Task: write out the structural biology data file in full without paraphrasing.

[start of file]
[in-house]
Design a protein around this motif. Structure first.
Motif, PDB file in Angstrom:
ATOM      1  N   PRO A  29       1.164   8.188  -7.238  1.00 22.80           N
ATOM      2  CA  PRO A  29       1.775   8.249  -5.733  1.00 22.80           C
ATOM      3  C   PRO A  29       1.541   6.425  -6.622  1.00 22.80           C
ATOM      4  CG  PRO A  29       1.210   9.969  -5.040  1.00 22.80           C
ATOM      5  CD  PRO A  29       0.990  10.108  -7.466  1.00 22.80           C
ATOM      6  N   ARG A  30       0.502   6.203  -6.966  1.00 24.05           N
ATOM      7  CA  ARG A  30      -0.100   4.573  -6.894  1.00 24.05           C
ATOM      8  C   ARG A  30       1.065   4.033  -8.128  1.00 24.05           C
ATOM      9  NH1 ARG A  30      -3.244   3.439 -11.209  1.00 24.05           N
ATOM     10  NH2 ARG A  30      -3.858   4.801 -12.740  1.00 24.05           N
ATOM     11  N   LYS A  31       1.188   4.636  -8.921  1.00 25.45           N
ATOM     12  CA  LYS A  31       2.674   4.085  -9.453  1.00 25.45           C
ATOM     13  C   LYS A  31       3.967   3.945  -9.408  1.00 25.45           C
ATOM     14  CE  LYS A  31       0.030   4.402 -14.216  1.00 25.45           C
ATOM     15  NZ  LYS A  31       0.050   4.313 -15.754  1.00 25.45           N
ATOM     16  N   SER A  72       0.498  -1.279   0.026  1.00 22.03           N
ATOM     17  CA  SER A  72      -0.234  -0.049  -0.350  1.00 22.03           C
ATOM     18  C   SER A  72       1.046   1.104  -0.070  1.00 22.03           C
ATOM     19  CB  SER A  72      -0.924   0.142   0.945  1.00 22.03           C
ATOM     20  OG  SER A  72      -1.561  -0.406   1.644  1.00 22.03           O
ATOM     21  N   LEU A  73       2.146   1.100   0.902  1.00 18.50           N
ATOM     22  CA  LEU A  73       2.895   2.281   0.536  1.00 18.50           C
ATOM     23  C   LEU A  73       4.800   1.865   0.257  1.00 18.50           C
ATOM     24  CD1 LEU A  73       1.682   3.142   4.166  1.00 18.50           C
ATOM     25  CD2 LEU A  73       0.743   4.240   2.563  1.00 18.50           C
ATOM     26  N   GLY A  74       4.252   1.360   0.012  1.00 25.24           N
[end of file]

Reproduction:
[in-house]
Design a protein around this motif. Structure first.
Motif, PDB file in Angstrom:
ATOM      1  N   PRO A  29       1.164   8.188  -7.238  1.00 22.80           N
ATOM      2  CA  PRO A  29       1.775   8.249  -5.733  1.00 22.80           C
ATOM      3  C   PRO A  29       1.541   6.425  -6.622  1.00 22.80           C
ATOM      4  CG  PRO A  29       1.210   9.969  -5.040  1.00 22.80           C
ATOM      5  CD  PRO A  29       0.990  10.108  -7.466  1.00 22.80           C
ATOM      6  N   ARG A  30       0.502   6.203  -6.966  1.00 24.05           N
ATOM      7  CA  ARG A  30      -0.100   4.573  -6.894  1.00 24.05           C
ATOM      8  C   ARG A  30       1.065   4.033  -8.128  1.00 24.05           C
ATOM      9  NH1 ARG A  30      -3.244   3.439 -11.209  1.00 24.05           N
ATOM     10  NH2 ARG A  30      -3.858   4.801 -12.740  1.00 24.05           N
ATOM     11  N   LYS A  31       1.188   4.636  -8.921  1.00 25.45           N
ATOM     12  CA  LYS A  31       2.674   4.085  -9.453  1.00 25.45           C
ATOM     13  C   LYS A  31       3.967   3.945  -9.408  1.00 25.45           C
ATOM     14  CE  LYS A  31       0.030   4.402 -14.216  1.00 25.45           C
ATOM     15  NZ  LYS A  31       0.050   4.313 -15.754  1.00 25.45           N
ATOM     16  N   SER A  72       0.498  -1.279   0.026  1.00 22.03           N
ATOM     17  CA  SER A  72      -0.234  -0.049  -0.350  1.00 22.03           C
ATOM     18  C   SER A  72       1.046   1.104  -0.070  1.00 22.03           C
ATOM     19  CB  SER A  72      -0.924   0.142   0.945  1.00 22.03           C
ATOM     20  OG  SER A  72      -1.561  -0.406   1.644  1.00 22.03           O
ATOM     21  N   LEU A  73       2.146   1.100   0.902  1.00 18.50           N
ATOM     22  CA  LEU A  73       2.895   2.281   0.536  1.00 18.50           C
ATOM     23  C   LEU A  73       4.800   1.865   0.257  1.00 18.50           C
ATOM     24  CD1 LEU A  73       1.682   3.142   4.166  1.00 18.50           C
ATOM     25  CD2 LEU A  73       0.743   4.240   2.563  1.00 18.50           C
ATOM     26  N   GLY A  74       4.252   1.360   0.012  1.00 25.24           N